Prime Minister challenges NUS journalism students

Four of the journalism students trying out the new radio equipment

By Unumoe Esera

APIA: MONDAY 29 OCTOBER 2012: Prime Minister Tuilaepa Fatialofa Lupesoliai Sailele Malielegaoi challenged the National University of Samoa Media and Journalism students who are currently attending the Institute of Technology at the launching of their new radio in a box broadcasting from the campus using the 105.0 FM frequency.

“I hope those who graduate from this programme do exactly what they were trained to do instead of what their employers want them to do,” he said.

He referred this comment to a complaint he had made in a letter to the Editor of the Samoa Observer newspaper because of the wrong translation of his comments made in interviews with his reporters which he said were “inaccurate and quoted out of context and were attributed to me but they were not my words.'”

He said he had ‘tried to help them but he had only received back uncomplimentary comments’. Tuilaepa also criticized the articles published saying that the “editing was very poor as well as the translation.” He went on further to refer to journalists and reporters currently working in the media industry as ‘half trained journalists’.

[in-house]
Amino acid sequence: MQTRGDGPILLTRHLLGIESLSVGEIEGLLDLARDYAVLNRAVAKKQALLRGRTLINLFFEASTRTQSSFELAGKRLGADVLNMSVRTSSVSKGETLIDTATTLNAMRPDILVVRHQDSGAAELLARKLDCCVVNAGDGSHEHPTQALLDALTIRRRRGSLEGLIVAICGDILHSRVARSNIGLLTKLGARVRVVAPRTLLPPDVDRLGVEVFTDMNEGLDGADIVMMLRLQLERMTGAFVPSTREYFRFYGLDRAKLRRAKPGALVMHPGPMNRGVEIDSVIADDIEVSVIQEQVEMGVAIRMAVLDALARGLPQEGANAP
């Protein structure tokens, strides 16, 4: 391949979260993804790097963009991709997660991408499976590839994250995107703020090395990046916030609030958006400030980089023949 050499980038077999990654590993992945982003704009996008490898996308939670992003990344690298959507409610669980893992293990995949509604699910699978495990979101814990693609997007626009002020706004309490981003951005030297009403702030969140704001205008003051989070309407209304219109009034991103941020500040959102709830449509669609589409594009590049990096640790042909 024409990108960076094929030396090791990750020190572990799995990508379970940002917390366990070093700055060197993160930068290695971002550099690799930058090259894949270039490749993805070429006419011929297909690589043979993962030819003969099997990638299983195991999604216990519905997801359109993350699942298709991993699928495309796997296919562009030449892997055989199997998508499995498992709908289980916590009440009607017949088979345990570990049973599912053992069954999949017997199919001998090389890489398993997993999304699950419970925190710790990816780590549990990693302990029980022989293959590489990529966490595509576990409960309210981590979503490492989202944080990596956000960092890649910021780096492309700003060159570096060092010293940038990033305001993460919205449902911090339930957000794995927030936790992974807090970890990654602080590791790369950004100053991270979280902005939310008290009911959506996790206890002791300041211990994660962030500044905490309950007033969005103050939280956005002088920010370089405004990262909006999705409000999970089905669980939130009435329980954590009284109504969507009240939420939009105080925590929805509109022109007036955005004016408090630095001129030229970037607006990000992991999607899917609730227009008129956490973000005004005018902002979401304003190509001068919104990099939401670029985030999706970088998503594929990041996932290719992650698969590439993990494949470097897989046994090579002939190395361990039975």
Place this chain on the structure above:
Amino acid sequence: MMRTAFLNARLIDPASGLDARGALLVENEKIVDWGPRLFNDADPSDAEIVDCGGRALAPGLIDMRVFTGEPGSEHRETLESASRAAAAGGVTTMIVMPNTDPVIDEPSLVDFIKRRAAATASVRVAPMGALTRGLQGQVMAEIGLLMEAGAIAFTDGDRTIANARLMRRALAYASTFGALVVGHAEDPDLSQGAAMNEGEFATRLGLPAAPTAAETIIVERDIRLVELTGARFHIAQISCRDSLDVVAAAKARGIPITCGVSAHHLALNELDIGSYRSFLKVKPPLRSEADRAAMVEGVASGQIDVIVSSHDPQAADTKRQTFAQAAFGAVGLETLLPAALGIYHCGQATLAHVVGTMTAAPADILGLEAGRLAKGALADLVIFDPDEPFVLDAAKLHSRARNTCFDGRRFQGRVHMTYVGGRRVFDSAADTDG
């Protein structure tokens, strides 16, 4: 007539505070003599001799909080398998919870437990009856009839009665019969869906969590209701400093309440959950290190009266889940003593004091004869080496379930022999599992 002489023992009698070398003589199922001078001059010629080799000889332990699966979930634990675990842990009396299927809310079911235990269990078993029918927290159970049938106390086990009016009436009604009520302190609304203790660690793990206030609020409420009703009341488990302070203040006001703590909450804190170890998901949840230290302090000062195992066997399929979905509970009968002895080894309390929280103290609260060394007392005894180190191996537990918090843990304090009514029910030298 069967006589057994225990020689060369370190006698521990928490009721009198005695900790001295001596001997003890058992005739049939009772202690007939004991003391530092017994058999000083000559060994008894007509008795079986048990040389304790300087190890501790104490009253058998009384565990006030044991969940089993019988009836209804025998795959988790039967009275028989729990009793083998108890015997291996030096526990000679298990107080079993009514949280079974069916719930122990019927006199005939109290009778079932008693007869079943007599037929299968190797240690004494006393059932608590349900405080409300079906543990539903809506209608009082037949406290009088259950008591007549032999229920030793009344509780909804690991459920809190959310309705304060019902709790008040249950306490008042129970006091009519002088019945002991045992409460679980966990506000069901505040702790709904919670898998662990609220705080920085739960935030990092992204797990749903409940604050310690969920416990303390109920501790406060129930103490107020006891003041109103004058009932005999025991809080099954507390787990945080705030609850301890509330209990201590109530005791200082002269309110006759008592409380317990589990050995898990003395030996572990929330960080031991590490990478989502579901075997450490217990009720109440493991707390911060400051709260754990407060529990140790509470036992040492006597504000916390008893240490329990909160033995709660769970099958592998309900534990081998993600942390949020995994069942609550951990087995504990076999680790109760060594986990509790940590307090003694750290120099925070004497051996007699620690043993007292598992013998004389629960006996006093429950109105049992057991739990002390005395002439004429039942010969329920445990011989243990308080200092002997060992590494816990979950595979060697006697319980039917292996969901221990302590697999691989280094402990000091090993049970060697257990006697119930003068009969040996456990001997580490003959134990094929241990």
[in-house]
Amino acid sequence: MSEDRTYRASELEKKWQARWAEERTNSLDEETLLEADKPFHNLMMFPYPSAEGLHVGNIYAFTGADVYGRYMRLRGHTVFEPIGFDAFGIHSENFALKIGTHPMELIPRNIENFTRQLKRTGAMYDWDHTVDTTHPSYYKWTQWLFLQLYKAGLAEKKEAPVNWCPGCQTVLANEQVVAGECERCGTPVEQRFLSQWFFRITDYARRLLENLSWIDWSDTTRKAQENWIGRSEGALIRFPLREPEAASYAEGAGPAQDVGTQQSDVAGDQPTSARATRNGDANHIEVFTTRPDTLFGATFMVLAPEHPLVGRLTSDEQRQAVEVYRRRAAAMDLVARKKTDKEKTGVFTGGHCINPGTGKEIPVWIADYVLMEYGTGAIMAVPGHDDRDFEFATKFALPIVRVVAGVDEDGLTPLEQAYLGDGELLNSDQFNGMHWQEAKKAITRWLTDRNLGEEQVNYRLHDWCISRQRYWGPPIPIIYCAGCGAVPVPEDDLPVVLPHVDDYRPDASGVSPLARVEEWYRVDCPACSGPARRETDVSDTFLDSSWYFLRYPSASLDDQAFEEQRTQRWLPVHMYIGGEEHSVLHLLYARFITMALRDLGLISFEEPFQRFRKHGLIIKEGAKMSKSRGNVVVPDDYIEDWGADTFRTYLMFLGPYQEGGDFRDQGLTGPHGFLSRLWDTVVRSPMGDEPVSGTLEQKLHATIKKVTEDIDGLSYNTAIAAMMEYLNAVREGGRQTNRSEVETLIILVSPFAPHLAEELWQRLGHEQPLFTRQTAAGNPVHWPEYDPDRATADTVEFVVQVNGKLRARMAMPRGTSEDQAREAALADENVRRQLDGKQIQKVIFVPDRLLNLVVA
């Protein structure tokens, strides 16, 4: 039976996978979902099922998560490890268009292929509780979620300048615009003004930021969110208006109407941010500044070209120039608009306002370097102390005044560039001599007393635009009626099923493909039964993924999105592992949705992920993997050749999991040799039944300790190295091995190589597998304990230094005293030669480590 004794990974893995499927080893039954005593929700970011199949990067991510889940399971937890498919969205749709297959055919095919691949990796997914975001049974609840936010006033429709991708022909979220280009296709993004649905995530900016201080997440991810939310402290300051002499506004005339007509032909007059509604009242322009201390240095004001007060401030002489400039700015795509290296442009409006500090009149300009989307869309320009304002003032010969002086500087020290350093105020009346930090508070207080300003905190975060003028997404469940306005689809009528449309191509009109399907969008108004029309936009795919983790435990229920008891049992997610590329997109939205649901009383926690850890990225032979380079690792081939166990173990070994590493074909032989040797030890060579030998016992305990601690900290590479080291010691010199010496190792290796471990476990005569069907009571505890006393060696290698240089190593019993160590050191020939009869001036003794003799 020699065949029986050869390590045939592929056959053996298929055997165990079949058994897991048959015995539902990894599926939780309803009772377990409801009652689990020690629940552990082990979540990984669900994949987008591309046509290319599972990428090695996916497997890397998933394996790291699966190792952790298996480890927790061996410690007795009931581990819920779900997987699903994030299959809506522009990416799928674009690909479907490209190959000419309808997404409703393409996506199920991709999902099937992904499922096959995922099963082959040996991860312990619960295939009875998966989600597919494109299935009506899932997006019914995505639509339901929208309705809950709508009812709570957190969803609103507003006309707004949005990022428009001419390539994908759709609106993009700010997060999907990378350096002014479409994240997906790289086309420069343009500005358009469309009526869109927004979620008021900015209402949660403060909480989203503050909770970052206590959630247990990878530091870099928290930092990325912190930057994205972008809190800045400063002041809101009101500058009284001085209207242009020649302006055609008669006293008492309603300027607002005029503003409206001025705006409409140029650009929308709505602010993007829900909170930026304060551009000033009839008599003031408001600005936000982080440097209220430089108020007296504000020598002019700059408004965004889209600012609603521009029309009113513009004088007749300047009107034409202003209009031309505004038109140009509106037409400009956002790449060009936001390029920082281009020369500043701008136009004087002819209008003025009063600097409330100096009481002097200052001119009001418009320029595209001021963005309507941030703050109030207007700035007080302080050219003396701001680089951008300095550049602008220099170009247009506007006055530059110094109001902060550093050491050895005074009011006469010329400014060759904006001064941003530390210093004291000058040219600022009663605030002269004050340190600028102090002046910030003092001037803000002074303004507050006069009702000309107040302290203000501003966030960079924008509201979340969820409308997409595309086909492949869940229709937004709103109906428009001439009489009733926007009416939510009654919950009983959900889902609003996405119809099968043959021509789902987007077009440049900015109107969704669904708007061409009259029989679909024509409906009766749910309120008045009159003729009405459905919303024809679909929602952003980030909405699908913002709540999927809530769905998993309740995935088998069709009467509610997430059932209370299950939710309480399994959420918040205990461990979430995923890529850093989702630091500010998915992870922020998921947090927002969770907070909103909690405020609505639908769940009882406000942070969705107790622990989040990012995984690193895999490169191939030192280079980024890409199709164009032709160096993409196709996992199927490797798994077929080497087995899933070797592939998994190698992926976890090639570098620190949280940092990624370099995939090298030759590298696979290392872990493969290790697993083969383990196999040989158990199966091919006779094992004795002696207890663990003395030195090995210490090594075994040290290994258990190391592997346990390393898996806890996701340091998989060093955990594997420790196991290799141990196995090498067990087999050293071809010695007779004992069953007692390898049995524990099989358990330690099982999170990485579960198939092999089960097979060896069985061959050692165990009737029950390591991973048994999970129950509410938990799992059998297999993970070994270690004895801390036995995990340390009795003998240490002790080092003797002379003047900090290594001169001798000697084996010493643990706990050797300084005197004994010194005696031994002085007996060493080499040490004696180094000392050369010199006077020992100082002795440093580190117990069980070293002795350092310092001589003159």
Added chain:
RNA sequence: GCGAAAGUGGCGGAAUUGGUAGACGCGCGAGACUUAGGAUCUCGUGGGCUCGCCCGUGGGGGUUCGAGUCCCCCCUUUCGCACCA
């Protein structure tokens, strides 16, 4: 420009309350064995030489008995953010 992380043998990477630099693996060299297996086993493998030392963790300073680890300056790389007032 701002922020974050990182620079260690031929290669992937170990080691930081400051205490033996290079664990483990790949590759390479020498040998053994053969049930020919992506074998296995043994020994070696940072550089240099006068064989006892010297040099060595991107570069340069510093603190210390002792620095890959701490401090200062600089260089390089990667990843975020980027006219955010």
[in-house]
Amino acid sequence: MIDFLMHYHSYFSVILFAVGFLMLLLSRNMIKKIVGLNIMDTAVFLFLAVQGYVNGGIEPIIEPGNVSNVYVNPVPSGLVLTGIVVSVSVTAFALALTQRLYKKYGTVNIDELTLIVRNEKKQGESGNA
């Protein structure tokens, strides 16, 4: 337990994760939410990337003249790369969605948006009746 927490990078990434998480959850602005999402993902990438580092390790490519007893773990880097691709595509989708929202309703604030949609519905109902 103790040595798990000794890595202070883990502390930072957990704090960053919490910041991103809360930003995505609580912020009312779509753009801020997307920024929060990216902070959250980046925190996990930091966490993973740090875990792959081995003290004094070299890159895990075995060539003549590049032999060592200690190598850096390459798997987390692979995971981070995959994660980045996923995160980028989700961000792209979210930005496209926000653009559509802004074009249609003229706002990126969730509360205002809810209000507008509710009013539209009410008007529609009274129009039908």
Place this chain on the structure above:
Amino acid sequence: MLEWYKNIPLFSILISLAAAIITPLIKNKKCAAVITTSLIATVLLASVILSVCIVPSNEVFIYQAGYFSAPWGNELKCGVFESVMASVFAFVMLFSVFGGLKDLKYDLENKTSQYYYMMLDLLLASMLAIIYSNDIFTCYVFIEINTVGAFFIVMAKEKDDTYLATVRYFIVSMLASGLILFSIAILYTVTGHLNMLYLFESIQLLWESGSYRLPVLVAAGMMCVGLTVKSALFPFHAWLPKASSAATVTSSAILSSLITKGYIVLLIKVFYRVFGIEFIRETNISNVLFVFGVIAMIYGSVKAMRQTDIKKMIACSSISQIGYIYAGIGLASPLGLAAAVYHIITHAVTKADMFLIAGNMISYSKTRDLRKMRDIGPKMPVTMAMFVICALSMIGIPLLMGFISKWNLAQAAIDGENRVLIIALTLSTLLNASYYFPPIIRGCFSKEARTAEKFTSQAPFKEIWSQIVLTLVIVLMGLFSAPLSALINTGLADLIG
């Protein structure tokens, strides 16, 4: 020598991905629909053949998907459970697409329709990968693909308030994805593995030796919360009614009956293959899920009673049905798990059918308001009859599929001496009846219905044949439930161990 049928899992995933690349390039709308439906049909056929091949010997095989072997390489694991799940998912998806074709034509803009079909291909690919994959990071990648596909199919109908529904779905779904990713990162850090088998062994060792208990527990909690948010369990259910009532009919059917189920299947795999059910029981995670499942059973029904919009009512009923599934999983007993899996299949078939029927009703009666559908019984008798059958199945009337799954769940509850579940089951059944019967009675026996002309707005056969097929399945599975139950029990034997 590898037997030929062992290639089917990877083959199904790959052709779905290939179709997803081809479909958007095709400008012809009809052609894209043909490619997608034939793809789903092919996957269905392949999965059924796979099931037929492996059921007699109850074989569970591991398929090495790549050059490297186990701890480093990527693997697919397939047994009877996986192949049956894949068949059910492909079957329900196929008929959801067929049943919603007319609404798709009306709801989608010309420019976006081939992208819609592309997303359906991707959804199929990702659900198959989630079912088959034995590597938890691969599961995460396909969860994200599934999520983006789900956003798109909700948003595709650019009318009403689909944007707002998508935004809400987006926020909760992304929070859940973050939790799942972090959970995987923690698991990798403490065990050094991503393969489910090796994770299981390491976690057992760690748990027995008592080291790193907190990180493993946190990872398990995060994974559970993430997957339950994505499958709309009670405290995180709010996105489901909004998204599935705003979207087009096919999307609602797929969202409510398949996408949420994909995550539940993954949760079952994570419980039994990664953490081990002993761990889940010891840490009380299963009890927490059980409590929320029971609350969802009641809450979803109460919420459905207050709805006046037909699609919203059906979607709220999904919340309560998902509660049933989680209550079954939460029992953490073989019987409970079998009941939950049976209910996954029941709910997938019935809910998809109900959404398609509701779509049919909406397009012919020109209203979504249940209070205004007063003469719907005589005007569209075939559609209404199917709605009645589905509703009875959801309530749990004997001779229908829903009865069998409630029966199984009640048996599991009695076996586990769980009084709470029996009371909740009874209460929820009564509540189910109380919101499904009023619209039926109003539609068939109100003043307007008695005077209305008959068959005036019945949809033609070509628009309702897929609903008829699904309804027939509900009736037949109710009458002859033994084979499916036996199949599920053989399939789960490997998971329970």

The Prime Minister said that 10 years ago, a request was made to him to setup a school to train reporters and so the programme was setup at the National University of Samoa.

“Today’s opening is another milestone for journalism, my understanding is that this radio will be used by journalism students to practise broadcasting before they go out into the media industry. I express a sense of gratitude for this radio in a box which is one of the biggest steps toward improving the standard of journalism reporting,” he said.

NUS Vice Chancellor Leapai Ilaoa Asofou So’o expressed how glad he was for the upgrade to the journalism programme.

“I acknowledge the Media and Journalism lecturers Nora Tumua and Misa Vicky Lepou who went out of their way to ask for assistance from UNESCO for this radio in box and the US Embassy for an editing suite which cost USD$6,000 and PACMAS donated cameras, recorders and Macintosh computers and laptops worth $78,000,” he said.

The Minister of Communications, Tuisugaletaua Sofara Aveau cut the ribbon to open the renovated newsroom where the new equipment is placed and where the radio will operate from.

The Australian and New Zealand High Commissioners, Nick Hurley and Dr. Stephen Henningham, US Charge D’Affairs Chad Bert attended the event along with lecturers of the University and students, media practitioners and the media.

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